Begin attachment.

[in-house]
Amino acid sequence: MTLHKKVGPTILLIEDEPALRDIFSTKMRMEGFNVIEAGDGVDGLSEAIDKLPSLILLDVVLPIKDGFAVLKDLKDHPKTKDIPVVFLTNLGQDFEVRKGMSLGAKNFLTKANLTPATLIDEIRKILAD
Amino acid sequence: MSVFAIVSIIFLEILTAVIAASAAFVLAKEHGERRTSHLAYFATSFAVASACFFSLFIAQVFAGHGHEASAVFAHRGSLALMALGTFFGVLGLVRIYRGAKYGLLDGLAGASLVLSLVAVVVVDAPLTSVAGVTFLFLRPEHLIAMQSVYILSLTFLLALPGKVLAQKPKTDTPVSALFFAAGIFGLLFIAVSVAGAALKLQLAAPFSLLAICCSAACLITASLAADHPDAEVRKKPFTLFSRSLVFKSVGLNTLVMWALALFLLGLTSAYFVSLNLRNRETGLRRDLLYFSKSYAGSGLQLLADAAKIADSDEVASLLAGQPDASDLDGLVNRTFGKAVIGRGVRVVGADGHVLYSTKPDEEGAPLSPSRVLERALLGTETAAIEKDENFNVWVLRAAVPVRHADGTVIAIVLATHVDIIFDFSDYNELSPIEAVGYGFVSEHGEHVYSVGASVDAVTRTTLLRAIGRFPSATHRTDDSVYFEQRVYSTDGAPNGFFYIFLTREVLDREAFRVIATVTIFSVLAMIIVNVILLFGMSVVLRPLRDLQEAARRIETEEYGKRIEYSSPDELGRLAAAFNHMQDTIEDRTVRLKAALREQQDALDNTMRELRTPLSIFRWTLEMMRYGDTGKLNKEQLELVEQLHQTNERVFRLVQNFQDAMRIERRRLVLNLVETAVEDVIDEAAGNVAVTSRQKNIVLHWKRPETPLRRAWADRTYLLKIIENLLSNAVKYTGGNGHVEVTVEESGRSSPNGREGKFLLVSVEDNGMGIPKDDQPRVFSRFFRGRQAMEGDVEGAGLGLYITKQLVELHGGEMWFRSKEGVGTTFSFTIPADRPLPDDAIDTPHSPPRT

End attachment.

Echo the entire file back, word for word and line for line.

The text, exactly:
[in-house]
Amino acid sequence: MTLHKKVGPTILLIEDEPALRDIFSTKMRMEGFNVIEAGDGVDGLSEAIDKLPSLILLDVVLPIKDGFAVLKDLKDHPKTKDIPVVFLTNLGQDFEVRKGMSLGAKNFLTKANLTPATLIDEIRKILAD
Amino acid sequence: MSVFAIVSIIFLEILTAVIAASAAFVLAKEHGERRTSHLAYFATSFAVASACFFSLFIAQVFAGHGHEASAVFAHRGSLALMALGTFFGVLGLVRIYRGAKYGLLDGLAGASLVLSLVAVVVVDAPLTSVAGVTFLFLRPEHLIAMQSVYILSLTFLLALPGKVLAQKPKTDTPVSALFFAAGIFGLLFIAVSVAGAALKLQLAAPFSLLAICCSAACLITASLAADHPDAEVRKKPFTLFSRSLVFKSVGLNTLVMWALALFLLGLTSAYFVSLNLRNRETGLRRDLLYFSKSYAGSGLQLLADAAKIADSDEVASLLAGQPDASDLDGLVNRTFGKAVIGRGVRVVGADGHVLYSTKPDEEGAPLSPSRVLERALLGTETAAIEKDENFNVWVLRAAVPVRHADGTVIAIVLATHVDIIFDFSDYNELSPIEAVGYGFVSEHGEHVYSVGASVDAVTRTTLLRAIGRFPSATHRTDDSVYFEQRVYSTDGAPNGFFYIFLTREVLDREAFRVIATVTIFSVLAMIIVNVILLFGMSVVLRPLRDLQEAARRIETEEYGKRIEYSSPDELGRLAAAFNHMQDTIEDRTVRLKAALREQQDALDNTMRELRTPLSIFRWTLEMMRYGDTGKLNKEQLELVEQLHQTNERVFRLVQNFQDAMRIERRRLVLNLVETAVEDVIDEAAGNVAVTSRQKNIVLHWKRPETPLRRAWADRTYLLKIIENLLSNAVKYTGGNGHVEVTVEESGRSSPNGREGKFLLVSVEDNGMGIPKDDQPRVFSRFFRGRQAMEGDVEGAGLGLYITKQLVELHGGEMWFRSKEGVGTTFSFTIPADRPLPDDAIDTPHSPPRT